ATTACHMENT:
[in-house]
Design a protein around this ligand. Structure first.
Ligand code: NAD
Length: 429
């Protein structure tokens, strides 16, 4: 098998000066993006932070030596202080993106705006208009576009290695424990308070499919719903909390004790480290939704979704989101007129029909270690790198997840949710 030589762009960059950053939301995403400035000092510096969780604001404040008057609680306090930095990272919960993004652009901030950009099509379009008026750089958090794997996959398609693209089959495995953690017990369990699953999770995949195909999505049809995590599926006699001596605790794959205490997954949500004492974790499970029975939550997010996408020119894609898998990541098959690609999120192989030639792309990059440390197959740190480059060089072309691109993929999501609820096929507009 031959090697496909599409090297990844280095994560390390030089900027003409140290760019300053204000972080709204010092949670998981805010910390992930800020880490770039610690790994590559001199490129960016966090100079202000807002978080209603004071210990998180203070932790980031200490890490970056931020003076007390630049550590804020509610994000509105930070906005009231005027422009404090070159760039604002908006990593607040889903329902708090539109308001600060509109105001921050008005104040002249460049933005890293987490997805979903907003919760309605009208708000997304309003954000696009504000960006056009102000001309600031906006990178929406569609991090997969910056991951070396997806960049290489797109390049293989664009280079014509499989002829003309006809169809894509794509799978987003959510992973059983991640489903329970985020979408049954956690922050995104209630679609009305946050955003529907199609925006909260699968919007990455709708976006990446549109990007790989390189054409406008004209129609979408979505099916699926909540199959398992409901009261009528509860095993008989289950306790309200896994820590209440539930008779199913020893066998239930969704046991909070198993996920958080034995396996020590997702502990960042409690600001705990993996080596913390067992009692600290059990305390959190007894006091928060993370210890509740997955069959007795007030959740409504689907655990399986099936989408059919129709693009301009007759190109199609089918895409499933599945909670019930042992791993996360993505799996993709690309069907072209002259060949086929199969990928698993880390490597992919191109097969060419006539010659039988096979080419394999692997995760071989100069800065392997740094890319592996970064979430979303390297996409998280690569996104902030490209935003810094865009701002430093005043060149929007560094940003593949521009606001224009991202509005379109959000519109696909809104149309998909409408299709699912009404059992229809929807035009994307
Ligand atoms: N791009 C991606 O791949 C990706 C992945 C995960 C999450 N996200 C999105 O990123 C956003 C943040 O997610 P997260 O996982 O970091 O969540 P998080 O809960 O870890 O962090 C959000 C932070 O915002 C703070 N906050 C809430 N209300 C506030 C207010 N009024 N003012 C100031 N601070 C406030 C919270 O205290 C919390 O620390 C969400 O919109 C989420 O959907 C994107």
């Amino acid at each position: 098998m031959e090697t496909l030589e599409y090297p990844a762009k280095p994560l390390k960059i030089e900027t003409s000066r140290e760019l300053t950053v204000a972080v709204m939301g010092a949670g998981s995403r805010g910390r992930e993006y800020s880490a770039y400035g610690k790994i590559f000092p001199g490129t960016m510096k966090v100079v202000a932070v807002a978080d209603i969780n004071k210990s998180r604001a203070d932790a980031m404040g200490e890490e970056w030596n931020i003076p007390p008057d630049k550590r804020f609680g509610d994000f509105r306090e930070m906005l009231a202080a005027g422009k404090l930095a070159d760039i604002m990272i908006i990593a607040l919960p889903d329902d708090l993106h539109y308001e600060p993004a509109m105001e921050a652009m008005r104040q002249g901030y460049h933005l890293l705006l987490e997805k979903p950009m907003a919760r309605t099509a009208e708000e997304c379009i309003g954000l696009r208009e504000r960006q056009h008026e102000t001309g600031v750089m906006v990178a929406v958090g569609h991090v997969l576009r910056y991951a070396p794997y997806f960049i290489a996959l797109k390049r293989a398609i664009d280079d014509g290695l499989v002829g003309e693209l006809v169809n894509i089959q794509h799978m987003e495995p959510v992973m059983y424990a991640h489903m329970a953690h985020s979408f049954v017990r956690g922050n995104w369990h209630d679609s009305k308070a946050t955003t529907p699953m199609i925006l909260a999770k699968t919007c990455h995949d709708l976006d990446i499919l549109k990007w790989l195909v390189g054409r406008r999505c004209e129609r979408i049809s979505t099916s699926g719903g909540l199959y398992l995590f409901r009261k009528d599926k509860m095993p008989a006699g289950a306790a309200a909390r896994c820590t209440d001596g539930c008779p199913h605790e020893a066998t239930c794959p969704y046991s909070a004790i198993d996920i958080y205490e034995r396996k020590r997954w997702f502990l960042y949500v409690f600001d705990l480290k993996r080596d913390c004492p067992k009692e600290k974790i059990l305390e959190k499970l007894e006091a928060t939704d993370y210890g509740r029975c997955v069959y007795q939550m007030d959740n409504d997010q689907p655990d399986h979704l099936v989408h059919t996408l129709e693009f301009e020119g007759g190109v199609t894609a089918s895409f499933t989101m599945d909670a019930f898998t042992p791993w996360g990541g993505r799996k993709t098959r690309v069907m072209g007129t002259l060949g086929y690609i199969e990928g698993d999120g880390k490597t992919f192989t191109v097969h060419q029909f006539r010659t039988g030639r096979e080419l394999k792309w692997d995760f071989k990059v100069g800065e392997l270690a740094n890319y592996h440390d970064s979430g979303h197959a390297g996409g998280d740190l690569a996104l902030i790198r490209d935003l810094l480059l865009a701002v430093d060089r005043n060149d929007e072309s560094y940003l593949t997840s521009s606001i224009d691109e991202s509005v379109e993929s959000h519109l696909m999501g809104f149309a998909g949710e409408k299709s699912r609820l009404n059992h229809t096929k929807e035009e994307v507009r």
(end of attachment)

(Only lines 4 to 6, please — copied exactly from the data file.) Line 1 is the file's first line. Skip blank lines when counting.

Length: 429
């Protein structure tokens, strides 16, 4: 098998000066993006932070030596202080993106705006208009576009290695424990308070499919719903909390004790480290939704979704989101007129029909270690790198997840949710 030589762009960059950053939301995403400035000092510096969780604001404040008057609680306090930095990272919960993004652009901030950009099509379009008026750089958090794997996959398609693209089959495995953690017990369990699953999770995949195909999505049809995590599926006699001596605790794959205490997954949500004492974790499970029975939550997010996408020119894609898998990541098959690609999120192989030639792309990059440390197959740190480059060089072309691109993929999501609820096929507009 031959090697496909599409090297990844280095994560390390030089900027003409140290760019300053204000972080709204010092949670998981805010910390992930800020880490770039610690790994590559001199490129960016966090100079202000807002978080209603004071210990998180203070932790980031200490890490970056931020003076007390630049550590804020509610994000509105930070906005009231005027422009404090070159760039604002908006990593607040889903329902708090539109308001600060509109105001921050008005104040002249460049933005890293987490997805979903907003919760309605009208708000997304309003954000696009504000960006056009102000001309600031906006990178929406569609991090997969910056991951070396997806960049290489797109390049293989664009280079014509499989002829003309006809169809894509794509799978987003959510992973059983991640489903329970985020979408049954956690922050995104209630679609009305946050955003529907199609925006909260699968919007990455709708976006990446549109990007790989390189054409406008004209129609979408979505099916699926909540199959398992409901009261009528509860095993008989289950306790309200896994820590209440539930008779199913020893066998239930969704046991909070198993996920958080034995396996020590997702502990960042409690600001705990993996080596913390067992009692600290059990305390959190007894006091928060993370210890509740997955069959007795007030959740409504689907655990399986099936989408059919129709693009301009007759190109199609089918895409499933599945909670019930042992791993996360993505799996993709690309069907072209002259060949086929199969990928698993880390490597992919191109097969060419006539010659039988096979080419394999692997995760071989100069800065392997740094890319592996970064979430979303390297996409998280690569996104902030490209935003810094865009701002430093005043060149929007560094940003593949521009606001224009991202509005379109959000519109696909809104149309998909409408299709699912009404059992229809929807035009994307
Ligand atoms: N791009 C991606 O791949 C990706 C992945 C995960 C999450 N996200 C999105 O990123 C956003 C943040 O997610 P997260 O996982 O970091 O969540 P998080 O809960 O870890 O962090 C959000 C932070 O915002 C703070 N906050 C809430 N209300 C506030 C207010 N009024 N003012 C100031 N601070 C406030 C919270 O205290 C919390 O620390 C969400 O919109 C989420 O959907 C994107």